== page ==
P.S. In case you think it’s a closed case that the Syrian government gassed Syrian civilians, know this (from AFP):
… Doctors Without Borders (MSF) has said about 3,600 patients displaying “neurotoxic symptoms” had flooded into three Syrian hospitals on the day of the alleged [chemical-weapon] attacks, and 355 of them died.
“Medical staff working in these facilities provided detailed information to MSF doctors regarding large numbers of patients arriving with symptoms including convulsions, excess saliva, pinpoint pupils, blurred vision and respiratory distress,” said MSF operations director Bart Janssens.
MSF president Mego Terzian told AFP that “scientific” proof is still lacking.
“Syrian doctors we work with have no scientific proof. They must take hair samples, for example, and send them to a specialist laboratory,” to carry out conclusive tests, he said. …
So, thus far there is no scientific proof that chemical weapons were used. That’s pretty fucking important, isn’t it?
And even if such scientific proof materializes, would it be impossible that members of the Syrian opposition actually staged the attack in order to draw the U.S. military to their aid? Unlikely, one hopes, but again — would it be impossible?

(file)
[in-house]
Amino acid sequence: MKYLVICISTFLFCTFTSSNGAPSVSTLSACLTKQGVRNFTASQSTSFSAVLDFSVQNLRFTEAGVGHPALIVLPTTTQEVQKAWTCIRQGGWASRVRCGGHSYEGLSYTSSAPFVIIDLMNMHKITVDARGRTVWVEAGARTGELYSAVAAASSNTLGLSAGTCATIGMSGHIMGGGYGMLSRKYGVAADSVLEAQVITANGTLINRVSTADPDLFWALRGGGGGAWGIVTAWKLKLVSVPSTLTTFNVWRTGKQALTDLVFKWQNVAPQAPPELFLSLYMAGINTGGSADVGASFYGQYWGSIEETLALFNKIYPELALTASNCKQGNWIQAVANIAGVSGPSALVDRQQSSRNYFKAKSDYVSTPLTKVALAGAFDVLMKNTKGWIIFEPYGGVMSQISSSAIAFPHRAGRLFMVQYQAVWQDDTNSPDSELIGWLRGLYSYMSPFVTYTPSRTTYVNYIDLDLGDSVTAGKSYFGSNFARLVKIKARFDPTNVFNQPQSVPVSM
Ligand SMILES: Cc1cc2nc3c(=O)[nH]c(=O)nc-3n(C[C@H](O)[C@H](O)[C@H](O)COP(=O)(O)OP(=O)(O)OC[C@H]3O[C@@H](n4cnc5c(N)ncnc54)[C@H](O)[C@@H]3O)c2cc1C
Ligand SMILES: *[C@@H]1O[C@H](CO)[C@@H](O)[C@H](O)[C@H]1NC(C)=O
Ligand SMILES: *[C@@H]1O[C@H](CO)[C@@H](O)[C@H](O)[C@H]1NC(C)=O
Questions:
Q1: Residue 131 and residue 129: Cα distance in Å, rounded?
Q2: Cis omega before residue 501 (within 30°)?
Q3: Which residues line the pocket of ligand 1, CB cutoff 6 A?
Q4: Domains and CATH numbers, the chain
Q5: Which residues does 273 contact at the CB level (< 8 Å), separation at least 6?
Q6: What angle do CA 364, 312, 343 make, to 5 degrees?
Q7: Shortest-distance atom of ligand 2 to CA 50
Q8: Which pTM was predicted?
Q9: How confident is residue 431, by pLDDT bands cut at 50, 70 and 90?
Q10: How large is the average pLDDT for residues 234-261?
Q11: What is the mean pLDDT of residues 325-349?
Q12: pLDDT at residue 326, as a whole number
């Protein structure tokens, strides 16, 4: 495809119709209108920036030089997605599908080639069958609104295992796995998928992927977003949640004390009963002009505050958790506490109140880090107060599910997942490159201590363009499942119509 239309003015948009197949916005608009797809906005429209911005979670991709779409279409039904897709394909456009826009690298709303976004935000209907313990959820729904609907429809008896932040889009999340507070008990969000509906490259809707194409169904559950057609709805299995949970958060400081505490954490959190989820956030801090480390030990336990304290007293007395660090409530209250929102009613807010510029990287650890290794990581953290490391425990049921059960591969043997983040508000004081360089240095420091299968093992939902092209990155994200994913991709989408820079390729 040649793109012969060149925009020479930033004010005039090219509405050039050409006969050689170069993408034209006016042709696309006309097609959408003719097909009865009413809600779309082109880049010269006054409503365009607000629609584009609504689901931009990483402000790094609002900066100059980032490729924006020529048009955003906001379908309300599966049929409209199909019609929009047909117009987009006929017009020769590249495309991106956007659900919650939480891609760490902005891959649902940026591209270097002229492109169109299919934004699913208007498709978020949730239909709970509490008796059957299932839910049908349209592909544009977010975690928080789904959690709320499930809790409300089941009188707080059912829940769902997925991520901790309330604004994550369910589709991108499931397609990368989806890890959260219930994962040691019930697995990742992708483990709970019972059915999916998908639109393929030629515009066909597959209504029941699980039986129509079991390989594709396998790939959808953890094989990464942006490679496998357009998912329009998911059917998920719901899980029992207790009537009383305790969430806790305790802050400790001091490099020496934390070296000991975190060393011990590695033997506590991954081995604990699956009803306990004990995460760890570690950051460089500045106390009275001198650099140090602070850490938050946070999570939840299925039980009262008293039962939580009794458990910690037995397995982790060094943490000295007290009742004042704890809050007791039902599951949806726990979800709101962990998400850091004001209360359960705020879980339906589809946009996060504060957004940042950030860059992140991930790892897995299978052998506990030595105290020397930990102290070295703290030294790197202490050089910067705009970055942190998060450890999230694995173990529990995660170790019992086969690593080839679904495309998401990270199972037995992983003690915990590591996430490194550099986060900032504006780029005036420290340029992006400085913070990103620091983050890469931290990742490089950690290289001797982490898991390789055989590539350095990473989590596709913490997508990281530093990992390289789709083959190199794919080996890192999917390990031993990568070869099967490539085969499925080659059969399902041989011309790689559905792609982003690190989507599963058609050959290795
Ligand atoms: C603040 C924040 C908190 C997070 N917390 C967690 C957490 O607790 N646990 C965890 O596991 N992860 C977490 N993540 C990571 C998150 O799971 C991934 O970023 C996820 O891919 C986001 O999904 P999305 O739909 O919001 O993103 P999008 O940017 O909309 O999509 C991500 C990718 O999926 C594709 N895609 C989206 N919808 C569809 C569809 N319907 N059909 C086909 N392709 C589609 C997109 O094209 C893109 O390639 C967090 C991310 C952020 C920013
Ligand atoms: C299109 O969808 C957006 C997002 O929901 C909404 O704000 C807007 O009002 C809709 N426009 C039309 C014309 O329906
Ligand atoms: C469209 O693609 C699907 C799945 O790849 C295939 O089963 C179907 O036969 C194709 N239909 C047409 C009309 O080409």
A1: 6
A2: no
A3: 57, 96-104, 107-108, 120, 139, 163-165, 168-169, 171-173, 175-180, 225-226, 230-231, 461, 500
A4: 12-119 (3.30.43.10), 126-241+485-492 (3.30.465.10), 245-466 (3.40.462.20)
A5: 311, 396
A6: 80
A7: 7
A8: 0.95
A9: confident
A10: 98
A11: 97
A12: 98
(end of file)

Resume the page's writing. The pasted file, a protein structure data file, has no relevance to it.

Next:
Syrian rebels, after all, have put the deaths at more than 1,000, but the doctors of MSF are saying 355. I tend to trust the word of the MSF doctors, who don’t have the same political agenda that the Syrian rebels do.
Hopefully the United Nations will be allowed to take the lead on the investigation into whether or not the Syrian government gassed civilians — and hopefully the United States, with its partner in crime, Britain, won’t do what it did in Iraq in 2003: bypass the wishes of the United Nations Security Council and invade a weaker sovereign nation anyway.